Noir, sub-noir and sheer magic
(1998) A sinuously hypnotic combination of art movie and film noir, Nolan’s debut studies a strange young man who is obsessed with following strangers through the streets of London. The director’s interest in non-linear narrative is already apparent in this micro-budgeted gem.
(2000) More sub-noir. More temporal hi-jinks. Guy Pearce stars as a man with no short-term memory who, both to help him solve a mystery and to assist in everyday life, takes to tattooing vital pieces of informa- tion on his body. Told backwards, the picture has gathered the sort of fanatical cult following that enables directors to get gigs directing Batman films.
(2002) More sub-noir. More surprising twists. Nolan’s remake of a classic Norwegian thriller sends a sleepy – and relatively unhammy – Al Pacino to Alaska to investigate a murder during a time of endless daylight. One of the few films where Robin Williams is creepy on purpose (we think).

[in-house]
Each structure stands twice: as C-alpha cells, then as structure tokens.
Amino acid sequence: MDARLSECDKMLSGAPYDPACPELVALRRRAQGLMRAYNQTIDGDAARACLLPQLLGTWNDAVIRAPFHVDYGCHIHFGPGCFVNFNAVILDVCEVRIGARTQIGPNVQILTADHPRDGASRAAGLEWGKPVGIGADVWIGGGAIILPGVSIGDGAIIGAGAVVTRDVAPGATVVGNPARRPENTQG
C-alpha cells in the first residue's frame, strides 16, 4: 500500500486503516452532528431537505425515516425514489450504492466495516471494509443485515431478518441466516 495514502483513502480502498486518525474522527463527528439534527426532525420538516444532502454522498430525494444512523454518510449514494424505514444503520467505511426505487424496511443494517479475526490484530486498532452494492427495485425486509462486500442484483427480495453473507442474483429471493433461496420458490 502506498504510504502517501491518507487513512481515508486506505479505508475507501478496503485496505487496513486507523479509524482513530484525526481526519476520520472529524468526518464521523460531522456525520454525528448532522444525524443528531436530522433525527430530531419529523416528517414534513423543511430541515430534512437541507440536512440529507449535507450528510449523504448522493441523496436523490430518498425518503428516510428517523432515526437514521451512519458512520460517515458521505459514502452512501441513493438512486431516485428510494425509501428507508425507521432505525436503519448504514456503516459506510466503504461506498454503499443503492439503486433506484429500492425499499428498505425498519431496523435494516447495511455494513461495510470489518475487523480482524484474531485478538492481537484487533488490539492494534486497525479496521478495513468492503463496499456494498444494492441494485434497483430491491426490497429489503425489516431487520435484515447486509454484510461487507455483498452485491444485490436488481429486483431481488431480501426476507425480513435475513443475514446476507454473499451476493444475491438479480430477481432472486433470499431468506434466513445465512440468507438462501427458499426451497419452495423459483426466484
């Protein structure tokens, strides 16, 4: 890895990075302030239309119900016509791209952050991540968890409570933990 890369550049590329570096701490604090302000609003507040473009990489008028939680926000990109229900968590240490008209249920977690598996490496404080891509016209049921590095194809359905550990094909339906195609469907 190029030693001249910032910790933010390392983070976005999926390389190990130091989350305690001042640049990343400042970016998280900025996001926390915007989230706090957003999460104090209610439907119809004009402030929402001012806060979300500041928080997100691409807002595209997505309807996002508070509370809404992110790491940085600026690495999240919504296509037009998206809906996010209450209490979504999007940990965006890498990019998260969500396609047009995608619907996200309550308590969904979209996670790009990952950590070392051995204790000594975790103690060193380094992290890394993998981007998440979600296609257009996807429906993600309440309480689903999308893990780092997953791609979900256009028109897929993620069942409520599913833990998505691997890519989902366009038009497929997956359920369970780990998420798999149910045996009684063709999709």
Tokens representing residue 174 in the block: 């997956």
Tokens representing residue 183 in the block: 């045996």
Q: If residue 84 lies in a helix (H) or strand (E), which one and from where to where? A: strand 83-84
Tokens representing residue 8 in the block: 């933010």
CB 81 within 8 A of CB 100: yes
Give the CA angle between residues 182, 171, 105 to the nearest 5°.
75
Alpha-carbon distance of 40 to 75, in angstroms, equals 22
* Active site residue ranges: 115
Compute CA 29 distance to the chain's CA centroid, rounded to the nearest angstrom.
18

(2003) Following the
franchise’s collapse into raging camp with Joel Schumacher’s Batman Forever and Batman and Robin, Warner Brothers had the brilliant idea of hiring a highbrow director to bring some grit back into the franchise. Nolan delivered. Christian Bale is troublingly granite-faced in the title role. Michael Caine is wry as the butler.
Robin is nowhere.
(2006) Bale turns up as one of two rival magicians in a twisty, sinister period thriller that almost becomes too clever for its own good, but somehow survives on wit, flair and sheer chutzpah. Nolan even manages to draw a good performance from David Bowie (left), a feat that deserves an MBE at least.